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Today the U.S. Supreme Court heard oral arguments in Whole Woman’s Health v. Jackson and United States v. Texas. Both cases concern Texas’s S.B. 8 “heartbeat” law, prohibiting abortion after the baby’s heartbeat is detectable. Unlike other abortion laws, S.B. 8 is enforced exclusively through private civil actions.
The Supreme Court focused on procedural and jurisdictional questions and did not address the constitutionality of Roe v. Wade or abortion jurisprudence. In fact, the Supreme Court unfortunately declined to grant Texas’ cross-petition, which asked the Court to overrule Roe v. Wade and Planned Parenthood of Southeastern Pennsylvania v. Casey.
In other words, the Supreme Court is not directly considering abortion with its S.B. 8 cases but is instead considering issues of standing, sovereign immunity, and the nuanced interaction between the federal judiciary and state court systems. The attorneys challenging S.B. 8, representing pro-abortion interests, made this clear during their arguments by suggesting that this same type of enforcement action might be applied to other areas of the law like religious liberty or gun rights.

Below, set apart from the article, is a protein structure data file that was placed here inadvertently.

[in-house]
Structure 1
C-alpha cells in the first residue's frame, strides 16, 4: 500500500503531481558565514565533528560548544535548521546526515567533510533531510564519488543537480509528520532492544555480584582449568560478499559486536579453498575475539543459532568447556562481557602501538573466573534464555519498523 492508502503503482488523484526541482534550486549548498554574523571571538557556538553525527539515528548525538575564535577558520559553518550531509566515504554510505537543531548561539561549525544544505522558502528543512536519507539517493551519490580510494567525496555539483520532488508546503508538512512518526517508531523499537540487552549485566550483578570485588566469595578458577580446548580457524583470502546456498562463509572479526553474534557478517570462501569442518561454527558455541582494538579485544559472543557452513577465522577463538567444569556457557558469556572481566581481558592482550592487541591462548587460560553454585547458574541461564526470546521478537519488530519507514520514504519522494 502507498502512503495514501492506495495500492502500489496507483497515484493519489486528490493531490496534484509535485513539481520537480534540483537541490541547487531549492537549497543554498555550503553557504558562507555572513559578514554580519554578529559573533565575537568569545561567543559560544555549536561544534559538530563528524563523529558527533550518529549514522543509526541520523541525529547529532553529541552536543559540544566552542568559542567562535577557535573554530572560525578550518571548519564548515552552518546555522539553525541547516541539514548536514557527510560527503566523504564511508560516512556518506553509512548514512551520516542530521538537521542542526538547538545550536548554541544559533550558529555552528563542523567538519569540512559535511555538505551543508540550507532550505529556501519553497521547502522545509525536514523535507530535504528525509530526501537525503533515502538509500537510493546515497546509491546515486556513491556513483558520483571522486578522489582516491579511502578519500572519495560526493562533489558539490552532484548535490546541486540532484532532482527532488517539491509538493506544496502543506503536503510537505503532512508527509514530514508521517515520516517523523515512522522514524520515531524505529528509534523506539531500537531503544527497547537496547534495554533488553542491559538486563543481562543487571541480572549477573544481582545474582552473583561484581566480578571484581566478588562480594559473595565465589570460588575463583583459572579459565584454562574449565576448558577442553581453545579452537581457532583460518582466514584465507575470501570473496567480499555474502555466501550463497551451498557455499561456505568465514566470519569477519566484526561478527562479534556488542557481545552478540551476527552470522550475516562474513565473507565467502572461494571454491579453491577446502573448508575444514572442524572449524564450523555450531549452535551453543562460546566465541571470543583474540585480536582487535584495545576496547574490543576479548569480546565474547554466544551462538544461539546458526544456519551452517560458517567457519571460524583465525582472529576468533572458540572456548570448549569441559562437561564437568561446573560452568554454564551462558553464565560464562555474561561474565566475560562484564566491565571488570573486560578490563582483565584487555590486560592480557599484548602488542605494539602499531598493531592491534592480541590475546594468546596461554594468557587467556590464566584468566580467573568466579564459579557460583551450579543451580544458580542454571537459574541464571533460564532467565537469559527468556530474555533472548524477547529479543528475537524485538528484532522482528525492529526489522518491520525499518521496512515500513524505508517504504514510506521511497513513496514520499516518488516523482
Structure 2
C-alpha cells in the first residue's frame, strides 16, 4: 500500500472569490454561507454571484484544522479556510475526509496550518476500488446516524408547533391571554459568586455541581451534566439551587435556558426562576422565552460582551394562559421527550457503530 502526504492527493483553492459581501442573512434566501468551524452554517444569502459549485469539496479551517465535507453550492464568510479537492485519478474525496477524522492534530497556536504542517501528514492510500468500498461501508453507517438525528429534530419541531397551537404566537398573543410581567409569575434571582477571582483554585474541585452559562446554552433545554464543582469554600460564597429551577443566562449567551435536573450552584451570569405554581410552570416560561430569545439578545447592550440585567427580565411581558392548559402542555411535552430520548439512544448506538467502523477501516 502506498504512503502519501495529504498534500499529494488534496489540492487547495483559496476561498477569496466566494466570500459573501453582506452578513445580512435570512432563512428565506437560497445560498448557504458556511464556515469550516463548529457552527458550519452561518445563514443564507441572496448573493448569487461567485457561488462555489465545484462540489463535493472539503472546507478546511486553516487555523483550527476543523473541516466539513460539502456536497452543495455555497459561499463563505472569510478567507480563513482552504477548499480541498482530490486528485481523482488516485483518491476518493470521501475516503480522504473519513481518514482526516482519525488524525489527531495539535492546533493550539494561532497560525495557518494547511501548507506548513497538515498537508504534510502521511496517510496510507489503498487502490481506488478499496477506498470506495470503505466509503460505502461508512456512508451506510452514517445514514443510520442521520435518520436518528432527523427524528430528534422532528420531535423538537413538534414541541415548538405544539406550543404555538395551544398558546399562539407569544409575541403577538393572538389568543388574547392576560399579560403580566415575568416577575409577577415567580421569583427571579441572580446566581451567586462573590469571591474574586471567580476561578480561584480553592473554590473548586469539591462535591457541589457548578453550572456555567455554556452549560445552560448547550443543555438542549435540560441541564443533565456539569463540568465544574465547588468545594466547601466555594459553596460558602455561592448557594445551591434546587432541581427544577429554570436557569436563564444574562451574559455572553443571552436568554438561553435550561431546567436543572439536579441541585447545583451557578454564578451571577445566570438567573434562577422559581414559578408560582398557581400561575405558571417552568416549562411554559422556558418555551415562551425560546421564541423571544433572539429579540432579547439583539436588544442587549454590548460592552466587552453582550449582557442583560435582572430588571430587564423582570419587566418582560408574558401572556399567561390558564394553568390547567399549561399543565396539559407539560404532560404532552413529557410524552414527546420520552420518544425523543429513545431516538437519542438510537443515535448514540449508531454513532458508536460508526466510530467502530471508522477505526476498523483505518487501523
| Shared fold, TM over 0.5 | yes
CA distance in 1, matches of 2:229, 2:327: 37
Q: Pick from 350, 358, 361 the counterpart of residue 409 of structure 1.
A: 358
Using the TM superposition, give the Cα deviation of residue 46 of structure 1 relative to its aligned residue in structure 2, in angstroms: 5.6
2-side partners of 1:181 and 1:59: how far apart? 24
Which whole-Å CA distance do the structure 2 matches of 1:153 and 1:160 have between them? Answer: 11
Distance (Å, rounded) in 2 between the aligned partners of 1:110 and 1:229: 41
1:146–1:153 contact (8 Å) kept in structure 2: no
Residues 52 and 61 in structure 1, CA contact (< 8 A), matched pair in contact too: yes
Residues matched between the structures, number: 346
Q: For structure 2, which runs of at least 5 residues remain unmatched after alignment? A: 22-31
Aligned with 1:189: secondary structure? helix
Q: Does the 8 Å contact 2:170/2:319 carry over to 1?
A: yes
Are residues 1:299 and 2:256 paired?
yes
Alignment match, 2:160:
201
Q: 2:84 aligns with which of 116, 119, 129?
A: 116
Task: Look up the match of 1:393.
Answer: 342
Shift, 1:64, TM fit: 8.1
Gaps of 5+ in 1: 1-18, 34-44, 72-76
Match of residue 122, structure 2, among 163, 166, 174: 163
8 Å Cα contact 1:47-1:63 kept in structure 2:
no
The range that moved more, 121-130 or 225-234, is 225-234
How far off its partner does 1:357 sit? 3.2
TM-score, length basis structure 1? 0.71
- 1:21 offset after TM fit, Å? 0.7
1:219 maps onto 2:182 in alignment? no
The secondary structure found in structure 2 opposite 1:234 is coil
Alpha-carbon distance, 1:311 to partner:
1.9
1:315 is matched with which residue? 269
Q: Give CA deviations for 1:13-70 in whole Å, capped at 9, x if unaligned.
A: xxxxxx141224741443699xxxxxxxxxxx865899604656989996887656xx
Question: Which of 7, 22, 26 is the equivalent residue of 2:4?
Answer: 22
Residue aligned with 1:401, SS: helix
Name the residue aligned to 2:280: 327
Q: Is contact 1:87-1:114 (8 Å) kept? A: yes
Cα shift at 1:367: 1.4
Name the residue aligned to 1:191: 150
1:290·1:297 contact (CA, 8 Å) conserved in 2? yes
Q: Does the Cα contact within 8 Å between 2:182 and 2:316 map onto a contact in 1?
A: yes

Even so, how the Supreme Court rules may shed light on whether Texas’s novel heartbeat law will serve as a new and practical pro-life approach, either now or when Roe is reversed.
Later this term, the Court will hear oral arguments in Dobbs v. Jackson Women’s Health Organization, the first direct challenge to the purported “constitutional right to abortion” in three decades. In deciding Dobbs, the Supreme Court may limit, if not outright reverse, Roe and Casey.
Texas took a creative legislative approach to defending the lives of preborn children through S.B. 8., and although the S.B. 8 cases will not decide the merits of abortion as a constitutional right, the outcome will provide guidance for future pro-life lawmaking.
As the Court appears primed to return lawmaking authority to the states, lawmakers should act boldly, as Texas did, to enact lifesaving and life-affirming laws.